Anthony Trollope, Can You Forgive Her?: Vol. 2, Ch. 7

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Chapter XLVII: Mr Cheesacre's Disappointment 

When Mrs Greenow was left alone in her lodgings, after the little entertainment which she had given to her two lovers, she sat herself down to think seriously over her affairs. There were three paths open before her. She might take Mr Cheesacre, or she might take Captain Bellfield—or she might decide that she would have nothing more to say to either of them in the way of courting. They were very persistent, no doubt; but she thought that she would know how to make them understand her, if she should really make up her mind that she would have neither one nor the other. She was going to leave Norwich after Easter, and they knew that such was her purpose. Something had been said of her returning to Yarmouth in the summer. She was a just woman at heart, and justice required that each of them should know what was to be his prospect if she did so return.

There was a good deal to be said on Mr Cheesacre's behalf. Mahogany-furnitured bedrooms assist one's comfort in this life; and heaps of manure, though they are not brilliant in romance, are very efficacious in farming. Mrs Greenow by no means despised these things; and as for the owner of them, though she saw that there was much amiss in his character, she thought that his little foibles were of such a nature that she, as his wife, or any other woman of spirit, might be able to repress them, if not to cure them. But she had already married for money once, as she told herself very plainly on this occasion, and she thought that she might now venture on a little love. Her marriage for money had been altogether successful. The nursing of old Greenow had not been very disagreeable to her, nor had it taken longer than she had anticipated. She had now got all the reward that she had ever promised herself, and she really did feel grateful to his memory. I almost think that among those plentiful tears some few drops belonged to sincerity. She was essentially a happy-tempered woman, blessed with a good digestion, who looked back upon her past life with contentment, and forward to her future life with confidence. She would not be greedy, she said to herself. She did not want more money, and therefore she would have none of Mr Cheesacre. So far she resolved,—resolving also that, if possible, the mahogany-furnitured bedrooms should be kept in the family, and made over to her niece, Kate Vavasor.

But should she marry for love; and if so, should Captain Bellfield be the man? Strange to say, his poverty and his scampishness and his lies almost recommended him to her. At any rate, it was not of those things that she was afraid. She had a woman's true belief in her own power, and thought that she could cure them,—as far as they needed cure. As for his stories about Inkerman, and his little debts, she cared nothing about that. She also had her Inkermans, and was quite aware that she made as good use of them as the Captain did of his. And as for the debts,—what was a man to do who hadn't got any money? She also had owed for her gloves and corsets in the ante-Greenow days of her adventures. But there was this danger,—that there might be more behind of which she had never heard. Another Mrs Bellfield was not impossible; and what, if instead of being a real captain at all, he should be a returned ticket-of-leave man! Such things had happened. Her chief security was in this,—that Cheesacre had known the man for many years, and would certainly have told anything against him that he did know. Under all these circumstances, she could not quite make up her mind either for or against Captain Bellfield.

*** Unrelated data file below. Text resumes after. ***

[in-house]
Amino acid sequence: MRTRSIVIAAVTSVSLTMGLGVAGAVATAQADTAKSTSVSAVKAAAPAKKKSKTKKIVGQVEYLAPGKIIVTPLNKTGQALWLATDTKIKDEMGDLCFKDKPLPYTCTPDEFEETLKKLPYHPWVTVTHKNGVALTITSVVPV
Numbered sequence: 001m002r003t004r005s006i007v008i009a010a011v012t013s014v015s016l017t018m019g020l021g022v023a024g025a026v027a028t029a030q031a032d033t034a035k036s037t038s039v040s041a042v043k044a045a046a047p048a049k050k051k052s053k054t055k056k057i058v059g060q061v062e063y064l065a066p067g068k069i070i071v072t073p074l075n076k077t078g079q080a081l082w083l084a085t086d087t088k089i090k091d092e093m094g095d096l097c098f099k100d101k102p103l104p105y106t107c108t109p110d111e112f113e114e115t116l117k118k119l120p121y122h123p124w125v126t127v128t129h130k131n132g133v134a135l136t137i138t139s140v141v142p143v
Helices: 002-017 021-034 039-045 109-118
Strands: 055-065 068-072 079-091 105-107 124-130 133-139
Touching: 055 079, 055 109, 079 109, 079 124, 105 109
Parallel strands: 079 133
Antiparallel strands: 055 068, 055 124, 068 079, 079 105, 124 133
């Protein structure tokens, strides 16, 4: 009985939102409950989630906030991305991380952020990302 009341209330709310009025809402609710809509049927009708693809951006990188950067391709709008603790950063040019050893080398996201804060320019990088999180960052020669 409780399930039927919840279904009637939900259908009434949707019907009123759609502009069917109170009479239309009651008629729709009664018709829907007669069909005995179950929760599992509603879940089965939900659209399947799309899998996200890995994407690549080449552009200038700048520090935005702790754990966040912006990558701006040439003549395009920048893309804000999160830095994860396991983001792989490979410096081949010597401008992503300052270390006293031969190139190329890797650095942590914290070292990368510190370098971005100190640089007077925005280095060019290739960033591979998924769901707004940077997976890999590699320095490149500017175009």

Between nine and ten in the evening, an hour or so after Mr Cheesacre had left her, Jeannette brought to her some arrowroot with a little sherry in it. She usually dined early, and it was her habit to take a light repast before she retired for the night.

"Jeannette," she said, as she stirred the lumps of white sugar in the bowl, "I'm afraid those two gentlemen have quarrelled."

"Oh, laws, ma'am, in course they have! How was they to help it?"

Jeannette, on these occasions, was in the habit of standing beside the chair of her mistress, and chatting with her; and then, if the chatting was much prolonged, she would gradually sink down upon the corner of a chair herself,—and then the two women would be very comfortable together over the fire, Jeannette never forgetting that she was the servant, and Mrs Greenow never forgetting that she was the mistress.